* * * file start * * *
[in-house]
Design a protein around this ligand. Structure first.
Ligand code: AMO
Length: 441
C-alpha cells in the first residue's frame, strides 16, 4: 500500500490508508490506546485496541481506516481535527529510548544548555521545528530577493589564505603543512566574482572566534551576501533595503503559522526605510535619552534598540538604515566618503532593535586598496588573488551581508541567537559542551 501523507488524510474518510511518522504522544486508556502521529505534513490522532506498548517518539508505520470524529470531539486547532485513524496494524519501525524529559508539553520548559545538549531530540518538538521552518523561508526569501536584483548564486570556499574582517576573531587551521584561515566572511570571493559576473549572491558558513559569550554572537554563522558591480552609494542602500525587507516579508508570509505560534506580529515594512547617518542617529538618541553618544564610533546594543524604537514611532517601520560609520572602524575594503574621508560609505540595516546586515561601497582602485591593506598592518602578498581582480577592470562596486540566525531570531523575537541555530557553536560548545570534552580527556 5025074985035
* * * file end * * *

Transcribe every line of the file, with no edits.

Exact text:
[in-house]
Design a protein around this ligand. Structure first.
Ligand code: AMO
Length: 441
C-alpha cells in the first residue's frame, strides 16, 4: 500500500490508508490506546485496541481506516481535527529510548544548555521545528530577493589564505603543512566574482572566534551576501533595503503559522526605510535619552534598540538604515566618503532593535586598496588573488551581508541567537559542551 501523507488524510474518510511518522504522544486508556502521529505534513490522532506498548517518539508505520470524529470531539486547532485513524496494524519501525524529559508539553520548559545538549531530540518538538521552518523561508526569501536584483548564486570556499574582517576573531587551521584561515566572511570571493559576473549572491558558513559569550554572537554563522558591480552609494542602500525587507516579508508570509505560534506580529515594512547617518542617529538618541553618544564610533546594543524604537514611532517601520560609520572602524575594503574621508560609505540595516546586515561601497582602485591593506598592518602578498581582480577592470562596486540566525531570531523575537541555530557553536560548545570534552580527556 5025074985035